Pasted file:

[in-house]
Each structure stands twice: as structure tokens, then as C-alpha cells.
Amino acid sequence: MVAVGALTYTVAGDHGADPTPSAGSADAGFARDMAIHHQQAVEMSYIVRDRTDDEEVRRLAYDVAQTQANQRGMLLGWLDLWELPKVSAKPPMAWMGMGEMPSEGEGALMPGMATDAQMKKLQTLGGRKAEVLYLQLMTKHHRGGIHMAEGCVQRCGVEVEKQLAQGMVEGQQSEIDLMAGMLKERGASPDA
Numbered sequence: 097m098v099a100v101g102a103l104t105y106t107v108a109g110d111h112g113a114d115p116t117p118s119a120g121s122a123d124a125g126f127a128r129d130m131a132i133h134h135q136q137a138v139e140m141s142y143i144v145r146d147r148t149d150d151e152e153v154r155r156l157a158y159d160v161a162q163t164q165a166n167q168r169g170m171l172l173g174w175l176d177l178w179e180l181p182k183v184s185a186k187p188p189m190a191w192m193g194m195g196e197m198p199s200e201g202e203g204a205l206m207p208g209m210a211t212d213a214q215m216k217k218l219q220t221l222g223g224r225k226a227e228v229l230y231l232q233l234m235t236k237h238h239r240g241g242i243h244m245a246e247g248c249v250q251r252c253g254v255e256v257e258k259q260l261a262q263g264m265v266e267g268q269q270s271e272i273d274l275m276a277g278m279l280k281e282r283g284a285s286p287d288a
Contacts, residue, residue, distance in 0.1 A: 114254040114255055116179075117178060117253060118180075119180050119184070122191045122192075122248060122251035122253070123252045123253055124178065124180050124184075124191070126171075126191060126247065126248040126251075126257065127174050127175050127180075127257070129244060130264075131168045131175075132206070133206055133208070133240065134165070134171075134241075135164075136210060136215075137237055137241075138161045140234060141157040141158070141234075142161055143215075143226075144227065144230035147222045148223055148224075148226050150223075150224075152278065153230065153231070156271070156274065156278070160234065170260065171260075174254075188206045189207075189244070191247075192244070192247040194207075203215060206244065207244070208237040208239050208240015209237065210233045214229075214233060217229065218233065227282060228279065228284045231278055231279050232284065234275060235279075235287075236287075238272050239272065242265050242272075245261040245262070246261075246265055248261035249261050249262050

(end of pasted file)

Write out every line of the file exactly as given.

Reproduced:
[in-house]
Each structure stands twice: as structure tokens, then as C-alpha cells.
Amino acid sequence: MVAVGALTYTVAGDHGADPTPSAGSADAGFARDMAIHHQQAVEMSYIVRDRTDDEEVRRLAYDVAQTQANQRGMLLGWLDLWELPKVSAKPPMAWMGMGEMPSEGEGALMPGMATDAQMKKLQTLGGRKAEVLYLQLMTKHHRGGIHMAEGCVQRCGVEVEKQLAQGMVEGQQSEIDLMAGMLKERGASPDA
Numbered sequence: 097m098v099a100v101g102a103l104t105y106t107v108a109g110d111h112g113a114d115p116t117p118s119a120g121s122a123d124a125g126f127a128r129d130m131a132i133h134h135q136q137a138v139e140m141s142y143i144v145r146d147r148t149d150d151e152e153v154r155r156l157a158y159d160v161a162q163t164q165a166n167q168r169g170m171l172l173g174w175l176d177l178w179e180l181p182k183v184s185a186k187p188p189m190a191w192m193g194m195g196e197m198p199s200e201g202e203g204a205l206m207p208g209m210a211t212d213a214q215m216k217k218l219q220t221l222g223g224r225k226a227e228v229l230y231l232q233l234m235t236k237h238h239r240g241g242i243h244m245a246e247g248c249v250q251r252c253g254v255e256v257e258k259q260l261a262q263g264m265v266e267g268q269q270s271e272i273d274l275m276a277g278m279l280k281e282r283g284a285s286p287d288a
Contacts, residue, residue, distance in 0.1 A: 114254040114255055116179075117178060117253060118180075119180050119184070122191045122192075122248060122251035122253070123252045123253055124178065124180050124184075124191070126171075126191060126247065126248040126251075126257065127174050127175050127180075127257070129244060130264075131168045131175075132206070133206055133208070133240065134165070134171075134241075135164075136210060136215075137237055137241075138161045140234060141157040141158070141234075142161055143215075143226075144227065144230035147222045148223055148224075148226050150223075150224075152278065153230065153231070156271070156274065156278070160234065170260065171260075174254075188206045189207075189244070191247075192244070192247040194207075203215060206244065207244070208237040208239050208240015209237065210233045214229075214233060217229065218233065227282060228279065228284045231278055231279050232284065234275060235279075235287075236287075238272050239272065242265050242272075245261040245262070246261075246265055248261035249261050249262050